Lawmaker requests probe into NIH breach, revealing his records affected
Barton, the ranking minority member on the House Energy and Commerce Committee, revealed that he is among the cardiac MRI patients whose medical information was potentially exposed to the public when an unencrypted government laptop was stolen in February from the car of a NIH researcher, the Washington Post reported.
Among the questions raised in Barton’s letter is whether the NIH has an adequate system for contacting patients affected by such events. Barton and others were not notified of the breach until last week because of agency record-keeping problems. At least one patient said that he found out only after contacting the NIH, according to the Post.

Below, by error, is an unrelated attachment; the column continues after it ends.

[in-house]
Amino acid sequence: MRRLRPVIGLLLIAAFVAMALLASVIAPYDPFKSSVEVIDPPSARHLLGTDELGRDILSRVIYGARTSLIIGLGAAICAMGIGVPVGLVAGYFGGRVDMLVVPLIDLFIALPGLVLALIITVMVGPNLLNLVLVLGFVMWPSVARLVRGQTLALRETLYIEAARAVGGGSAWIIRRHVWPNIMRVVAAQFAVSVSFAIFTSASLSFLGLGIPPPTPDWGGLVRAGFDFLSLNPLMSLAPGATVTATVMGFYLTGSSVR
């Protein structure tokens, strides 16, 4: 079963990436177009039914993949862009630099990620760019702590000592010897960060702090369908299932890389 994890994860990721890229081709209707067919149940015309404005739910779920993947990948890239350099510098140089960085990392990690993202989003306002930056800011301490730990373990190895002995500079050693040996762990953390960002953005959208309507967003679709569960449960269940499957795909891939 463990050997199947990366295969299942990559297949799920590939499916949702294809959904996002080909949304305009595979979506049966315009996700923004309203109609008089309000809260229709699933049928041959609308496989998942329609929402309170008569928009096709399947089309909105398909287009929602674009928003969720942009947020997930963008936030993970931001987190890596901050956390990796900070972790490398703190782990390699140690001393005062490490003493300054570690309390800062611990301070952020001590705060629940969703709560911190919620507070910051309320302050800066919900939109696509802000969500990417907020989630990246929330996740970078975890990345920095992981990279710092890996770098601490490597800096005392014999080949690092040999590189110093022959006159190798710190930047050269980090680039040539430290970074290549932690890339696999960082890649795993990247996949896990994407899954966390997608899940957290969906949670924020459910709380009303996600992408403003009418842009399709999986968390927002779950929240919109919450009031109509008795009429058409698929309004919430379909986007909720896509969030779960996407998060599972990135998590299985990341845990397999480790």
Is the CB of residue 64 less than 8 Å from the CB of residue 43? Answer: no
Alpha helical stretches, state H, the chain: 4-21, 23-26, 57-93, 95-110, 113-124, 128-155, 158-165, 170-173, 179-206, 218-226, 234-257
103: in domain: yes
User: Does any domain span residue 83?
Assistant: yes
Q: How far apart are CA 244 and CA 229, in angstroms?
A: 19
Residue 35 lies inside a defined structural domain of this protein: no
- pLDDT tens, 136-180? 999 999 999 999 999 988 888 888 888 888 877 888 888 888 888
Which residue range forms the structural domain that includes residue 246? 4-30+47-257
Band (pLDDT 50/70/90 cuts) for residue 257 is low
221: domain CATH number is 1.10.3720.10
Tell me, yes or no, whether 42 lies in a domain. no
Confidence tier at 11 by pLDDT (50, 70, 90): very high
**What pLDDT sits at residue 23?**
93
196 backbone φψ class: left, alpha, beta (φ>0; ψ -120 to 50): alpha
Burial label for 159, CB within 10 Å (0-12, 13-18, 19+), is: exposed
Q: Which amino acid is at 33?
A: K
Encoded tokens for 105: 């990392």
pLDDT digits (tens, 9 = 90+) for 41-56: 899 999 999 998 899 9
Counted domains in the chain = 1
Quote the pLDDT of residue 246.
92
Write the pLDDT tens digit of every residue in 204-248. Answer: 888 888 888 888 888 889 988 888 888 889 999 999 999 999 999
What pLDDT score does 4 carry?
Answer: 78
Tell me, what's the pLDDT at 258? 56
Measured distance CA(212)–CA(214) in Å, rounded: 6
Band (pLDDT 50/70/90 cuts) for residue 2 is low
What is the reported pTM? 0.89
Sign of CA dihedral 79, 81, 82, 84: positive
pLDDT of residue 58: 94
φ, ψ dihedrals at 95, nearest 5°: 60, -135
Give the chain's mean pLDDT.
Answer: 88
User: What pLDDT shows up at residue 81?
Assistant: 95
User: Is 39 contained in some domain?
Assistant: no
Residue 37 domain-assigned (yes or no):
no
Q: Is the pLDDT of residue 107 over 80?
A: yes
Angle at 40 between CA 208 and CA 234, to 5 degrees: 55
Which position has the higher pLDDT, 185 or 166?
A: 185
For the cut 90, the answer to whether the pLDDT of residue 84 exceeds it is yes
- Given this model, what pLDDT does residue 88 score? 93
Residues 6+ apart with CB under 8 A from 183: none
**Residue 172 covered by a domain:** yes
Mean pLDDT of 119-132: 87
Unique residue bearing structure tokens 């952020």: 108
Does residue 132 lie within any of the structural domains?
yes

Similarly unclear is why the computer was not encrypted, as required by federal rules, and why the NIH's tally of affected patients was initially short by more than 500, according to the Post. The agency said on March 21 that 2,500 patients were affected, but on Monday, raised that number to 3,078.
NIH spokesman John T. Burklow said Wednesday that a “clerical error” was to blame and that letters went out to the last affected people by March 28, reported the Post.
Barton's involvement in the study stems from a heart attack he suffered in December 2005 during budget negotiations in the Capitol basement. He was treated at George Washington University Hospital and had follow-up studies at the NIH. Records from that incident were in the laptop, he said, adding that he was “upset” to learn that his private medical information “might be among those in the wrong hands,” the Post reported.